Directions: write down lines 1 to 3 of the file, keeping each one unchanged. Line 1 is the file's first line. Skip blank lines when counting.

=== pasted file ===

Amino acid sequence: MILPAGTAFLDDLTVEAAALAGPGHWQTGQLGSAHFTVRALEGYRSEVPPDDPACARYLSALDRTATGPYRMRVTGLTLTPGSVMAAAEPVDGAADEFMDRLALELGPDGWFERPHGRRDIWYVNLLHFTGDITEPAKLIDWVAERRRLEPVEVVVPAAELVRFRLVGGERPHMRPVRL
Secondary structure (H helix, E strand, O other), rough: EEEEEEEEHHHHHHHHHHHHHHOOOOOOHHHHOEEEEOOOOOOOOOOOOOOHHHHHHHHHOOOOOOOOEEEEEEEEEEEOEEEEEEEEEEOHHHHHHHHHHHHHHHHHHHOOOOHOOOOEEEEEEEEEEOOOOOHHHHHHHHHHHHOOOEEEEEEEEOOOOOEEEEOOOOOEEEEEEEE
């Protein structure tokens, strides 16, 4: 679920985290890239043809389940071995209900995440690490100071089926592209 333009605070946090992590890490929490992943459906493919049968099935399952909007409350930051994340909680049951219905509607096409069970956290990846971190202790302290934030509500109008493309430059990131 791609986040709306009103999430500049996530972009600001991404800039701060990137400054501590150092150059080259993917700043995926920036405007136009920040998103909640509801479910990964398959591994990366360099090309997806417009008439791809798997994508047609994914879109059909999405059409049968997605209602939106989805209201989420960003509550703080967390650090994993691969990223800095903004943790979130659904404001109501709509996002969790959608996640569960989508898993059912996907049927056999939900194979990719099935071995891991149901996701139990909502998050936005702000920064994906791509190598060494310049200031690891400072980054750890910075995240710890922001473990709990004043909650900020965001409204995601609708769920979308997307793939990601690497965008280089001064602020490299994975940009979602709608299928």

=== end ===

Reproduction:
Amino acid sequence: MILPAGTAFLDDLTVEAAALAGPGHWQTGQLGSAHFTVRALEGYRSEVPPDDPACARYLSALDRTATGPYRMRVTGLTLTPGSVMAAAEPVDGAADEFMDRLALELGPDGWFERPHGRRDIWYVNLLHFTGDITEPAKLIDWVAERRRLEPVEVVVPAAELVRFRLVGGERPHMRPVRL
Secondary structure (H helix, E strand, O other), rough: EEEEEEEEHHHHHHHHHHHHHHOOOOOOHHHHOEEEEOOOOOOOOOOOOOOHHHHHHHHHOOOOOOOOEEEEEEEEEEEOEEEEEEEEEEOHHHHHHHHHHHHHHHHHHHOOOOHOOOOEEEEEEEEEEOOOOOHHHHHHHHHHHHOOOEEEEEEEEOOOOOEEEEOOOOOEEEEEEEE
């Protein structure tokens, strides 16, 4: 679920985290890239043809389940071995209900995440690490100071089926592209 333009605070946090992590890490929490992943459906493919049968099935399952909007409350930051994340909680049951219905509607096409069970956290990846971190202790302290934030509500109008493309430059990131 791609986040709306009103999430500049996530972009600001991404800039701060990137400054501590150092150059080259993917700043995926920036405007136009920040998103909640509801479910990964398959591994990366360099090309997806417009008439791809798997994508047609994914879109059909999405059409049968997605209602939106989805209201989420960003509550703080967390650090994993691969990223800095903004943790979130659904404001109501709509996002969790959608996640569960989508898993059912996907049927056999939900194979990719099935071995891991149901996701139990909502998050936005702000920064994906791509190598060494310049200031690891400072980054750890910075995240710890922001473990709990004043909650900020965001409204995601609708769920979308997307793939990601690497965008280089001064602020490299994975940009979602709608299928």